When Harry Charles Clarke of Lena, Illinois looked at a Cedar tree
last summer and saw a spoon wedged between a branch, he
considered it an omen. "It was an omen," he says,
"because I will be building a shop on the property that will
be used to carve spoons."
Harry's profession entails
carving wood into spoons and other kitchen utensils. He discovered the spoon when hanging a bird
feeder on one of the trees on the property.
Harry says he noticed the spoon
after running his hand over it as he leaned against the tree.
"It felt just like a shape I had felt in my hand a thousand
times," Harry said. "It seemed so familiar that I knew
what it was before even looking at it."
Harry first became interested in
wood carving as a profession after seeing some work another
man had done. "I saw what this fellow had done with the
wood in making spoons," Harry says, "and I thought it would be
make them. I wondered to myself if I could make them as
Now Harry runs his own
carving business, Kitchen Carvers. Harry makes all sorts
of spoons, bowls and decorative pieces from wood.
He learned to carve simply by
trial-and-error. "I've tried any way I thought might
work," Harry says. "I've never had a teacher."
Harry says he never cuts down good
trees just for their wood. "I try only to find trees
that people are going to be cutting down anyway," Harry says.
"I want something special, wood that you can't just go to a
mill and get."
Last October, when the historical society
moved the original Lena post office from its location, they
had a Cedar tree removed at the same time. Harry noticed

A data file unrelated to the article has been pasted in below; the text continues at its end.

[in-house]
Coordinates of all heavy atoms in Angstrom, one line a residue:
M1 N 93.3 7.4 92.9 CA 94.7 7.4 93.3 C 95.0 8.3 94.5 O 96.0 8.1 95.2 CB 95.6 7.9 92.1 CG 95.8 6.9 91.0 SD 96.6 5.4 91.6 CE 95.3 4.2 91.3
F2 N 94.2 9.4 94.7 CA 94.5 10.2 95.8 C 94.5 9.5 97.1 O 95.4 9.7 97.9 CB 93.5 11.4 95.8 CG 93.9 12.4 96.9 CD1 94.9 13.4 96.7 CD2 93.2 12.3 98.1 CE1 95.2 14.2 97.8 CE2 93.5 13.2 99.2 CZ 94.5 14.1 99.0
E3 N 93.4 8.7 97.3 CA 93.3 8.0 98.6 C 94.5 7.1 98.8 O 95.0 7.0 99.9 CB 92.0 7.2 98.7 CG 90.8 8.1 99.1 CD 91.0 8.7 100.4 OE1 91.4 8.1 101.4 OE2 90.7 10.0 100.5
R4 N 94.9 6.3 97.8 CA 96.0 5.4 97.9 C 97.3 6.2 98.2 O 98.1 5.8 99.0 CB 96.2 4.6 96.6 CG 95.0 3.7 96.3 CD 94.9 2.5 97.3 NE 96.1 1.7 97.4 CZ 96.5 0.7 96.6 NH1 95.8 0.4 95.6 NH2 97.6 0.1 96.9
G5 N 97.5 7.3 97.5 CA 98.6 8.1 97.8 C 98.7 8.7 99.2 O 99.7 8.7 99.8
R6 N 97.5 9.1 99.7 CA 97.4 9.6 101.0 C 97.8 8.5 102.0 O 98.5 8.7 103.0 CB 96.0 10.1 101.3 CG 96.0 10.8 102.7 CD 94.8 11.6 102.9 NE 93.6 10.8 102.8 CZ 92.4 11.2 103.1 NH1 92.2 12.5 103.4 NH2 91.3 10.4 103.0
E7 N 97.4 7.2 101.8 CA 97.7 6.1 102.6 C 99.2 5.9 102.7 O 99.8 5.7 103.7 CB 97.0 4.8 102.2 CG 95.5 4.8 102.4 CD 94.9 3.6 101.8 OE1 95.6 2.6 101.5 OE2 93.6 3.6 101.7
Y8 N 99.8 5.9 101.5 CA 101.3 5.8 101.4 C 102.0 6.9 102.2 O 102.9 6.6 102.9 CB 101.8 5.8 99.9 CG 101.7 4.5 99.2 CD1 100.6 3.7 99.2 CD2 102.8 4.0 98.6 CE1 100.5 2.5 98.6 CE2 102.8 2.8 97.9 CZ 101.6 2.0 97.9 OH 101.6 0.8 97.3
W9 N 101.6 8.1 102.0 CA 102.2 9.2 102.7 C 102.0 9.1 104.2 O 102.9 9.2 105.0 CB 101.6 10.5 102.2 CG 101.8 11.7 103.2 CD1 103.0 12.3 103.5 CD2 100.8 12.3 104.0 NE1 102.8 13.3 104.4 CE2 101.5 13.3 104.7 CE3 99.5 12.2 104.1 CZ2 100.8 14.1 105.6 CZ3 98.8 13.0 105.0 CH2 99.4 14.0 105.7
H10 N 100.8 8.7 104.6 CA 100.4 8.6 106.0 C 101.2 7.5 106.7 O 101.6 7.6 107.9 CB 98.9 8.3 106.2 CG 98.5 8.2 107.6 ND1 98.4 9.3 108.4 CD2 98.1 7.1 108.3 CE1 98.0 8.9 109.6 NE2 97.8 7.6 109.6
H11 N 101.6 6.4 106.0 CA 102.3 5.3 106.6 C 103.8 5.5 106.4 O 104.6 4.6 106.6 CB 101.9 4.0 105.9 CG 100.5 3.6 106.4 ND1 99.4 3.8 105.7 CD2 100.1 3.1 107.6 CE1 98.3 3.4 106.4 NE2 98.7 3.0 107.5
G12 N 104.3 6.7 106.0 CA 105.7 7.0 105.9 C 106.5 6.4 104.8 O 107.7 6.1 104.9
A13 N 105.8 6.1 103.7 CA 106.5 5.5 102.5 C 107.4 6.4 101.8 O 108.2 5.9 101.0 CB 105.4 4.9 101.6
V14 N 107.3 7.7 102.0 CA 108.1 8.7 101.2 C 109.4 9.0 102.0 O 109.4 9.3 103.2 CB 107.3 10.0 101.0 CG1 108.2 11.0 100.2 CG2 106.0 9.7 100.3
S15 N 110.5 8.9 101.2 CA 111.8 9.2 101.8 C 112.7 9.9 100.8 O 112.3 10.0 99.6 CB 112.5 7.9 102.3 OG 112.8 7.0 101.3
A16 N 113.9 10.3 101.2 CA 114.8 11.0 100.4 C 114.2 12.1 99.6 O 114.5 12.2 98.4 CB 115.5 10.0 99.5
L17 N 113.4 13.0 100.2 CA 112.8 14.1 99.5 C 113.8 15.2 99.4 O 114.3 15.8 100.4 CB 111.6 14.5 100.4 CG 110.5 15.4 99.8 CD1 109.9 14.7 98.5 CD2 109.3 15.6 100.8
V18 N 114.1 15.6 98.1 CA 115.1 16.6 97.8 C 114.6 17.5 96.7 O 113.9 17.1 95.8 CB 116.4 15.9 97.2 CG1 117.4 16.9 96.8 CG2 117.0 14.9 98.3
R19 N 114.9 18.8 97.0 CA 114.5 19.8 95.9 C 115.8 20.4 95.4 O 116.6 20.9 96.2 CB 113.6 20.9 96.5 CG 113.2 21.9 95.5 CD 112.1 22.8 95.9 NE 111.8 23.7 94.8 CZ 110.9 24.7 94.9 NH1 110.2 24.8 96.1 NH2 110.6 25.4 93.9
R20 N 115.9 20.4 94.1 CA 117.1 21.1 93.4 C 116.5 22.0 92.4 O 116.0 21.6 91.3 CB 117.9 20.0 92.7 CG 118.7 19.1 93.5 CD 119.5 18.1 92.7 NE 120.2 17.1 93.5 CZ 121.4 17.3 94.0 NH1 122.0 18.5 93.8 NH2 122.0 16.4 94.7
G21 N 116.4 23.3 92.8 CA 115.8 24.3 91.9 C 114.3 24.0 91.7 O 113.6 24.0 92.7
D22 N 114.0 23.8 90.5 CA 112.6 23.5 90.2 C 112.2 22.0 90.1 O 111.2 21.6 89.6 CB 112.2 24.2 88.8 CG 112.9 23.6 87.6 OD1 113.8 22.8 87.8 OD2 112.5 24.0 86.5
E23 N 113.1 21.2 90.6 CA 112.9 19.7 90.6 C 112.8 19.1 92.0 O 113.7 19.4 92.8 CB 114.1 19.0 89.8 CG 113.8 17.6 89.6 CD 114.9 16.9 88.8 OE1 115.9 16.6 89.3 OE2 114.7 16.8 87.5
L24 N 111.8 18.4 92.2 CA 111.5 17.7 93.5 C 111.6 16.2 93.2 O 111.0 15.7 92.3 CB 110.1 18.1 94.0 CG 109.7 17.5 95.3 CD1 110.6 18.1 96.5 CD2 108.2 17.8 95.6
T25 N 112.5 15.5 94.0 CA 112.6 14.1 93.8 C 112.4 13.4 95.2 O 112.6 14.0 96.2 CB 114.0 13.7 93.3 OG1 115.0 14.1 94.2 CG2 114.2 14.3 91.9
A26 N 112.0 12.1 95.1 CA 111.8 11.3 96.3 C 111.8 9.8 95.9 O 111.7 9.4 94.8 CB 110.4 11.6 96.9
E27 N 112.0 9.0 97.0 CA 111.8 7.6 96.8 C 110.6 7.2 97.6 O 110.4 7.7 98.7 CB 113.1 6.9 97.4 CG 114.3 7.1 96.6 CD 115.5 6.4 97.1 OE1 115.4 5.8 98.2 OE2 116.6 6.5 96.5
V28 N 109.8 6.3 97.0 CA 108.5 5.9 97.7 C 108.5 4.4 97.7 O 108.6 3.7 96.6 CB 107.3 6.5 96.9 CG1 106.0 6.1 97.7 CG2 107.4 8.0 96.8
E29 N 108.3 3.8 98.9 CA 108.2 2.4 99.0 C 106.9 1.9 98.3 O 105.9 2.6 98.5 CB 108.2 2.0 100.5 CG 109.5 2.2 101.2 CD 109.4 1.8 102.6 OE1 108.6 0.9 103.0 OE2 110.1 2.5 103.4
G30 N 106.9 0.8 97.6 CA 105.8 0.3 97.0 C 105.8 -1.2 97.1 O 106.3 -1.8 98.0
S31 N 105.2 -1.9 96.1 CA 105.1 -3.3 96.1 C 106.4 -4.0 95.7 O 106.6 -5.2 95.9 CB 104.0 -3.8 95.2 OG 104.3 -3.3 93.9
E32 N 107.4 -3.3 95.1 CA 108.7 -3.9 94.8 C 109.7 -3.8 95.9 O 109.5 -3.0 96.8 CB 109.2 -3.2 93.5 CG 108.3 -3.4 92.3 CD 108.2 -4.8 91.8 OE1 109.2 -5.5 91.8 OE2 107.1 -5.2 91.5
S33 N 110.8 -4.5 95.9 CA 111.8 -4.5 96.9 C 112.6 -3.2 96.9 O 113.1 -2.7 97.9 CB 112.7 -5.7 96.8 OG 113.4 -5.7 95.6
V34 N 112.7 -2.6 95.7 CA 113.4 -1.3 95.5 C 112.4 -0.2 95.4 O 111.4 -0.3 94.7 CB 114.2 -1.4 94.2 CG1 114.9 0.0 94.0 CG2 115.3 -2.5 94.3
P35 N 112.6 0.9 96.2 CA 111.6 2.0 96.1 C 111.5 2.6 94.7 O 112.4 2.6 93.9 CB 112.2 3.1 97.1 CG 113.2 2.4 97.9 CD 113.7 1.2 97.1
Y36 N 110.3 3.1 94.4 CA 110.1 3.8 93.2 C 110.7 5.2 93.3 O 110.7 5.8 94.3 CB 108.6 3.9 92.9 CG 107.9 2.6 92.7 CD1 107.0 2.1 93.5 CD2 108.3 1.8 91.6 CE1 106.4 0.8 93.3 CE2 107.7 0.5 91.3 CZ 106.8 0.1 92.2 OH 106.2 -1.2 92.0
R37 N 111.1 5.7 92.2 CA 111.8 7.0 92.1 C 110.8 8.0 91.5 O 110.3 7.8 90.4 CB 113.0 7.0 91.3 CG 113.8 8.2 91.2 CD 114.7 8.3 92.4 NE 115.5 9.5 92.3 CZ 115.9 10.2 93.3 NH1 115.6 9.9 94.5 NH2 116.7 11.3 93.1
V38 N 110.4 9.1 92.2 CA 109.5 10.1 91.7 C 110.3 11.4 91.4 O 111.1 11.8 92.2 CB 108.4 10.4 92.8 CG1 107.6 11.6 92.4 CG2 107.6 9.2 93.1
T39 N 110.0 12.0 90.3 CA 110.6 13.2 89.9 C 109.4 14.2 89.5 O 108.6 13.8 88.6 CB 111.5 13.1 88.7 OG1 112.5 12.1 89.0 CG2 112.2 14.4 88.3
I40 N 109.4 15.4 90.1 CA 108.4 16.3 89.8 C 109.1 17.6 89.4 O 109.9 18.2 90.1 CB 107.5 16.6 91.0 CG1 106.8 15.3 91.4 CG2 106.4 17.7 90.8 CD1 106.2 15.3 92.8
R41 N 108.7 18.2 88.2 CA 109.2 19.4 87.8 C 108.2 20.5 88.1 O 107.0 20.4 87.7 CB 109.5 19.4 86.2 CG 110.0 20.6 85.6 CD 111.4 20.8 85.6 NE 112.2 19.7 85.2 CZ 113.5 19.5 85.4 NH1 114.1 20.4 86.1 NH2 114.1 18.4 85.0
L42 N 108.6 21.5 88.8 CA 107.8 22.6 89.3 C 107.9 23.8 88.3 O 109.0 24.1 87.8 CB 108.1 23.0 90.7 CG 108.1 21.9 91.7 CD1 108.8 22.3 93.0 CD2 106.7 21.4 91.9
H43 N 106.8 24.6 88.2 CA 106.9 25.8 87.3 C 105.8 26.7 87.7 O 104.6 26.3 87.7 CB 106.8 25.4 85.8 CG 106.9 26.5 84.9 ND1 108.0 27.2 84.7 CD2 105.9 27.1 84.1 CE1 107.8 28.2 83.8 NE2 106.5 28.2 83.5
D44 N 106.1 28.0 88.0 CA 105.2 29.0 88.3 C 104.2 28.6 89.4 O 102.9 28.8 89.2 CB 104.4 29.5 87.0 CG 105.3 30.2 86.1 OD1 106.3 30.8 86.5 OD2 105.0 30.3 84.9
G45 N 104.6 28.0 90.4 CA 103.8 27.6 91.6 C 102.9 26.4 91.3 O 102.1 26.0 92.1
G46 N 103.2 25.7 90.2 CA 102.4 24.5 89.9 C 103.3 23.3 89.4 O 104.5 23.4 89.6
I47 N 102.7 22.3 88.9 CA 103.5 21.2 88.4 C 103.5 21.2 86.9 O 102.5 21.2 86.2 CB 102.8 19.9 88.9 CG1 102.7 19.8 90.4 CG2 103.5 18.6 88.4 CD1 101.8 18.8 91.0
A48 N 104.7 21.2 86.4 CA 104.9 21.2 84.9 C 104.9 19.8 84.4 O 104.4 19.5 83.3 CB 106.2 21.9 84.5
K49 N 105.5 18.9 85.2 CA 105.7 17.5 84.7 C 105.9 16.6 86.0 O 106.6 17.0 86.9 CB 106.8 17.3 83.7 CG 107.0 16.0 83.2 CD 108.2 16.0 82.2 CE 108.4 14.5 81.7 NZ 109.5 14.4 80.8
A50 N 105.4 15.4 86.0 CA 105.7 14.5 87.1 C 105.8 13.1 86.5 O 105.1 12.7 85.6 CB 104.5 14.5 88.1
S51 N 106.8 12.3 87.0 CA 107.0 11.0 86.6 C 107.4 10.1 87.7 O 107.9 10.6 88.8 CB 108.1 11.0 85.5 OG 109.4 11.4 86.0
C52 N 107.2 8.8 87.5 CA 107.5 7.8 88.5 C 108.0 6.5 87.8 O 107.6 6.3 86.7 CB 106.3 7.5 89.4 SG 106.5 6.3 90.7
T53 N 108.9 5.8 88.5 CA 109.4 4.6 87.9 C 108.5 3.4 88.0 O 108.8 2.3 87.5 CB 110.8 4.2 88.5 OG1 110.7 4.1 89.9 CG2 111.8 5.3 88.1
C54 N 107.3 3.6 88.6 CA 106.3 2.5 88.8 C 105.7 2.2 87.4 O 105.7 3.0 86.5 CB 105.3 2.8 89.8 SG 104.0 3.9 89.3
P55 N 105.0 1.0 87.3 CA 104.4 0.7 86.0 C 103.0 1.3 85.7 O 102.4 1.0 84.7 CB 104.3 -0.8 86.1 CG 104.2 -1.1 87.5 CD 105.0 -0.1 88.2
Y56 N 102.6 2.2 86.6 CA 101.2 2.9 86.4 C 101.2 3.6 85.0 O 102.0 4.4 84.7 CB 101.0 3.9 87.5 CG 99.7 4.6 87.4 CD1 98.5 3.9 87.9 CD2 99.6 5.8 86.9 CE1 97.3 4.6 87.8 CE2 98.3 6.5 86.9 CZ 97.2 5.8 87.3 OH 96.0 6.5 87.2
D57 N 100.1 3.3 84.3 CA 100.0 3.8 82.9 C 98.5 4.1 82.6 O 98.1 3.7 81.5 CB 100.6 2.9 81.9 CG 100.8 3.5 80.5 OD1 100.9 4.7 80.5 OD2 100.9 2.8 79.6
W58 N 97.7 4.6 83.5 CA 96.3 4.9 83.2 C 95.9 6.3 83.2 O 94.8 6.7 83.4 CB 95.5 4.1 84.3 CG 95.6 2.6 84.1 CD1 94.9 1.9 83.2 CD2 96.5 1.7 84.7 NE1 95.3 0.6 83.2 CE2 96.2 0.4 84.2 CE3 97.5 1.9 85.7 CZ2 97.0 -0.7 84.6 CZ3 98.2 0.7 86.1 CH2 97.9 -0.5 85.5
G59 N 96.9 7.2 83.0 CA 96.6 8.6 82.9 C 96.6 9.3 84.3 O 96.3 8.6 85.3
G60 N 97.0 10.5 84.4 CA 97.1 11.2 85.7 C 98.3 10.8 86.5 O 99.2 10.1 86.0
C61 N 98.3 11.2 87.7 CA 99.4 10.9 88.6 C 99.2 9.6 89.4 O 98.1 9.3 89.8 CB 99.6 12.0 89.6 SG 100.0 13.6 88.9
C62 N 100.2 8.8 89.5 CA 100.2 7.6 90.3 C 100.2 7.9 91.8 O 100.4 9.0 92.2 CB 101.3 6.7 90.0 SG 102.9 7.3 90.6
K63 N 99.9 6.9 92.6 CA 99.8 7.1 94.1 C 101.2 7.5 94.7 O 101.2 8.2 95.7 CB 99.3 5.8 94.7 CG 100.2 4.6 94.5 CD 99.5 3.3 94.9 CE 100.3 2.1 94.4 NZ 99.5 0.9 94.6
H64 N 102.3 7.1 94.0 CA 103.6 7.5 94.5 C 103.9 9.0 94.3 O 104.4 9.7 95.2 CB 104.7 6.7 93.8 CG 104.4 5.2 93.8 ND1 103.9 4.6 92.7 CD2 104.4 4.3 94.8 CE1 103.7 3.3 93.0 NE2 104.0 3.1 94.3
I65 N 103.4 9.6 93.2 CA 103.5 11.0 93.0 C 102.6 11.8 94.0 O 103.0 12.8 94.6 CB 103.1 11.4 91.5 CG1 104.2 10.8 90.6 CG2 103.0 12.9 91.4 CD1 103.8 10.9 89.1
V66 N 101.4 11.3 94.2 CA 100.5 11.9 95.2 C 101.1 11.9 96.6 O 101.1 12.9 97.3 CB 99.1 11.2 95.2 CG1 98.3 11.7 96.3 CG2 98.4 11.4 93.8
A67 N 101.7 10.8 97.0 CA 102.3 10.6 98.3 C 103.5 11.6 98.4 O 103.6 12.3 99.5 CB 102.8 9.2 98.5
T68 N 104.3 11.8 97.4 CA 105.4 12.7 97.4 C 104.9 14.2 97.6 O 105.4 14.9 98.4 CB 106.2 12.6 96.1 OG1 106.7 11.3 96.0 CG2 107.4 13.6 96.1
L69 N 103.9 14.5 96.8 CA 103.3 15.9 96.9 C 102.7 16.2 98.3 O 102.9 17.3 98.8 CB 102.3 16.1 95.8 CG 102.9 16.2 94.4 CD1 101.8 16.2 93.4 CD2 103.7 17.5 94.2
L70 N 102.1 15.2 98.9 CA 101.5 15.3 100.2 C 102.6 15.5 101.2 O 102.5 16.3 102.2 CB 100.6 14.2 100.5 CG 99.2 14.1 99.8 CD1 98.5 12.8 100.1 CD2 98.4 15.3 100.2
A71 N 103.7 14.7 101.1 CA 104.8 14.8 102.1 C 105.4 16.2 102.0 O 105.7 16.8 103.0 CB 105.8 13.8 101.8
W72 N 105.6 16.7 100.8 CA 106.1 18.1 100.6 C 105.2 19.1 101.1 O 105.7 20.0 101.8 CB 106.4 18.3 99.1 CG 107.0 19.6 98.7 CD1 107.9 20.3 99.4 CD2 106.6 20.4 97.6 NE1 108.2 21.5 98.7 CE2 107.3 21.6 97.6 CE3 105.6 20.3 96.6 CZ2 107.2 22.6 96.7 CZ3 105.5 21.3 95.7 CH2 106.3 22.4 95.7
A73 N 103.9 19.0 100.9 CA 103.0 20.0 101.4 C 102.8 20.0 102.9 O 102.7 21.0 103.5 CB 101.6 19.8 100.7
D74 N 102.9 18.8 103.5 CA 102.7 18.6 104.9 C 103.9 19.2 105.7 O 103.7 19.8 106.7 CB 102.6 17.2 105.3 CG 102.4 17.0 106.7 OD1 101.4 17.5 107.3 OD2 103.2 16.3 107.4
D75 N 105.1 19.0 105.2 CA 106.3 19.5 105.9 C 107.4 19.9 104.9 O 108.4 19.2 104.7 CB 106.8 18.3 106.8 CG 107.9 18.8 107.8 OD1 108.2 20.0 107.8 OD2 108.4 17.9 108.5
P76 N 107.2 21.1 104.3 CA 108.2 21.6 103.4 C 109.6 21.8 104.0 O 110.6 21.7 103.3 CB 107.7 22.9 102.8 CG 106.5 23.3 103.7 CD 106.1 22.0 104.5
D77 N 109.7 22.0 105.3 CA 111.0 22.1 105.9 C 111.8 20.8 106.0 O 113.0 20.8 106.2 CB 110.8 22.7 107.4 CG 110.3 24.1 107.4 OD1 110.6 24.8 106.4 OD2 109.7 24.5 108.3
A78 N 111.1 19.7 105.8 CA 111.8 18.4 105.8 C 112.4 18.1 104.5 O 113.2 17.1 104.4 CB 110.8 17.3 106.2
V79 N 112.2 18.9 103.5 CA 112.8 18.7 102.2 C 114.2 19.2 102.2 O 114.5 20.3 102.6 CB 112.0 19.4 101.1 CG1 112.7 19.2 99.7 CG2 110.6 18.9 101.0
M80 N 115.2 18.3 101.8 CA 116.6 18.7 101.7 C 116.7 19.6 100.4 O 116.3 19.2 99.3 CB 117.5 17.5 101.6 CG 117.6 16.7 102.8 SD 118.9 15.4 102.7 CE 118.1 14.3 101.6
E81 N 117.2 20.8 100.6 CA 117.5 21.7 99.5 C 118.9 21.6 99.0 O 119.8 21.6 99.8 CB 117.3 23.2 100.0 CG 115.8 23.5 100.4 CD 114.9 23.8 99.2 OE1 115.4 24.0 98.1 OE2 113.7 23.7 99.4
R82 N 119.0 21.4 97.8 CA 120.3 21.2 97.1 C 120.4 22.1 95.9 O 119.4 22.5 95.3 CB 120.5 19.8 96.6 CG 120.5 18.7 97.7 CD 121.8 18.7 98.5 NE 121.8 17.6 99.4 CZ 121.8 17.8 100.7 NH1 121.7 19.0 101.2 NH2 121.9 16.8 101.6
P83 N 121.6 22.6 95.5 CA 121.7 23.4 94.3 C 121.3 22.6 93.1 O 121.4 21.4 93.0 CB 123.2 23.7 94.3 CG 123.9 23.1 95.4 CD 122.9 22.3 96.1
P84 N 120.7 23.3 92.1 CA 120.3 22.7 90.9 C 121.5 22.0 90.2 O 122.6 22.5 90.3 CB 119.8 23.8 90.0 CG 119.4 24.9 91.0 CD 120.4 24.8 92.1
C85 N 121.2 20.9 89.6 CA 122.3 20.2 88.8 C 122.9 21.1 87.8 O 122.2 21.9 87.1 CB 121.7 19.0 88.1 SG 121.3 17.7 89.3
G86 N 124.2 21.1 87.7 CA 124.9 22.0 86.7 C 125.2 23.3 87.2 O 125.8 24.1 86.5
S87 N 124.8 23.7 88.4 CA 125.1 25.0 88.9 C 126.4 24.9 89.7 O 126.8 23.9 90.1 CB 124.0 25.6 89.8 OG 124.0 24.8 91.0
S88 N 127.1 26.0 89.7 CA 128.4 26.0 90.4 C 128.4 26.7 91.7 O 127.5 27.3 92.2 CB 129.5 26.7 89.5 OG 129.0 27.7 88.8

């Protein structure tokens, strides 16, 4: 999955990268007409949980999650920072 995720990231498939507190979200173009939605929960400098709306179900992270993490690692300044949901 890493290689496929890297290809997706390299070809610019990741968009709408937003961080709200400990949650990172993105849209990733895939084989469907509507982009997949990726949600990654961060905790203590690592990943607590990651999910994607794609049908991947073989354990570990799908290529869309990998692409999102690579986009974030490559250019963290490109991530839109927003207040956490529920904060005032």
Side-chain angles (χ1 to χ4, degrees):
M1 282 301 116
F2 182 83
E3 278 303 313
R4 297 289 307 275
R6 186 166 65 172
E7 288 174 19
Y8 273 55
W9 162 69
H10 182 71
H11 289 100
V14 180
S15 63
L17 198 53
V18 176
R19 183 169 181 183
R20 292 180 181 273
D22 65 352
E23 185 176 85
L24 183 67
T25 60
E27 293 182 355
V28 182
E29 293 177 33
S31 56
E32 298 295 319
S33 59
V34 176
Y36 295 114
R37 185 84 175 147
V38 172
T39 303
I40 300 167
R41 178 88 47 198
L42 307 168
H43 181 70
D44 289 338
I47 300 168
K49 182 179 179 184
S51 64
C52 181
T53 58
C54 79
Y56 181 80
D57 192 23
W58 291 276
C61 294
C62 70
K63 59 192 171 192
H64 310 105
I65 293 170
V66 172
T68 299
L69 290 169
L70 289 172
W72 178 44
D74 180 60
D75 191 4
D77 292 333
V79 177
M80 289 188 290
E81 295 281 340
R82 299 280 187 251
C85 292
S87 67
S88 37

the society was discarding the tree, so he retrieved it from
the side of the road and turned it into seven bowls.
Most bowls take up to nine months
to completely dry after being carved. If wood is not
dry, Harry says, it does not form as easily and is more
susceptible to cracking.
But with the
bowls he formed from the old Post Office cedar, Harry
specially dried them on heat registers. "You can dry
them on a heat register as long as the wood isn't too wet." he
says. The cedar bowls dried in less than a month.
Harry says he's taken in trees
while on trips across the state line, including in Iowa and
Wisconsin. Other times, people give him wood.
After carving out a tree that
someone has given him, Harry always presents them with a piece
of handiwork from the old tree.
When he used wood from a few
fallen trees from outside Lena Citizens Bank, Harry brought
back some of his work to the bank and left them with a few
pieces. One of his
figurines, called a modern angel, is
displayed on the
teller station. "I thought the pieces
were unique because of their different wood grains and
colors," says Carol Mau, who works at the bank. "I
thought they would make good gifts." Mau bought some
items for her kitchen, including several spoons and a spatula.
Most people who buy the bowls use
them for decorative purposes, Harry says. Others use
some of the smaller bowls as salt holders or to hold keys.
"All wood is decorative," Harry
says. "The first thing people notice about my work is
the smoothness of the wood. They pick it up and they're
surprised. The second thing they comment on is how light
He even make spoons specific for
left-handers. Another specialty spoon is the
sweetheart spoon, named for its heart-shaped look. "Those
are the hardest spoons to make," Harry says,
because the hearts are so hard to shape. I've broken a
lot of hearts."
Harry makes some spoons from three
different woods pieced together. He calls these spoons "Colorware™."
To make those, Harry uses industrial-grade waterproof glue and
clamps the pieces together to squeeze all excessive glue out
from between the pieces of wood. The finished product, a
multi-colored spoon, is just as smooth as any of the other
bowls and spoons he carves.
"I like to surprise people," Harry
says. "One day a friend had just given me a piece of
firewood and I turned it into a spoon. He was shocked
that the scraggly piece of wood could be turned into something
nice. Sometimes I get surprised, too."
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